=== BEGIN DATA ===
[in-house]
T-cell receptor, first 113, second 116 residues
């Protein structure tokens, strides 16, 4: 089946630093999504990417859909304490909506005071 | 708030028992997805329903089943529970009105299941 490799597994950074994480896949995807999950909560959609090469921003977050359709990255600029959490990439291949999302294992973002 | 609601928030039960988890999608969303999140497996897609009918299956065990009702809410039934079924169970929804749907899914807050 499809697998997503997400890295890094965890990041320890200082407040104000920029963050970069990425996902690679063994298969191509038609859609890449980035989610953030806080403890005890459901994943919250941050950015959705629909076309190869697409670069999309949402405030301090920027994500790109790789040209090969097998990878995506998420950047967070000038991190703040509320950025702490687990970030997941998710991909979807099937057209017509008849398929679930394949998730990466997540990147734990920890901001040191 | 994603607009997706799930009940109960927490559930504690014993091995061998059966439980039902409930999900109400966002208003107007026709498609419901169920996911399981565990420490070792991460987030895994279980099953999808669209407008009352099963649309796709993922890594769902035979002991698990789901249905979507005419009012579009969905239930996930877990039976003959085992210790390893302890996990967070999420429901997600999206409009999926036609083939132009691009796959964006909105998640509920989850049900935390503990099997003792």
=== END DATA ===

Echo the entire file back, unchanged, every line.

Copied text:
[in-house]
T-cell receptor, first 113, second 116 residues
């Protein structure tokens, strides 16, 4: 089946630093999504990417859909304490909506005071 | 708030028992997805329903089943529970009105299941 490799597994950074994480896949995807999950909560959609090469921003977050359709990255600029959490990439291949999302294992973002 | 609601928030039960988890999608969303999140497996897609009918299956065990009702809410039934079924169970929804749907899914807050 499809697998997503997400890295890094965890990041320890200082407040104000920029963050970069990425996902690679063994298969191509038609859609890449980035989610953030806080403890005890459901994943919250941050950015959705629909076309190869697409670069999309949402405030301090920027994500790109790789040209090969097998990878995506998420950047967070000038991190703040509320950025702490687990970030997941998710991909979807099937057209017509008849398929679930394949998730990466997540990147734990920890901001040191 | 994603607009997706799930009940109960927490559930504690014993091995061998059966439980039902409930999900109400966002208003107007026709498609419901169920996911399981565990420490070792991460987030895994279980099953999808669209407008009352099963649309796709993922890594769902035979002991698990789901249905979507005419009012579009969905239930996930877990039976003959085992210790390893302890996990967070999420429901997600999206409009999926036609083939132009691009796959964006909105998640509920989850049900935390503990099997003792």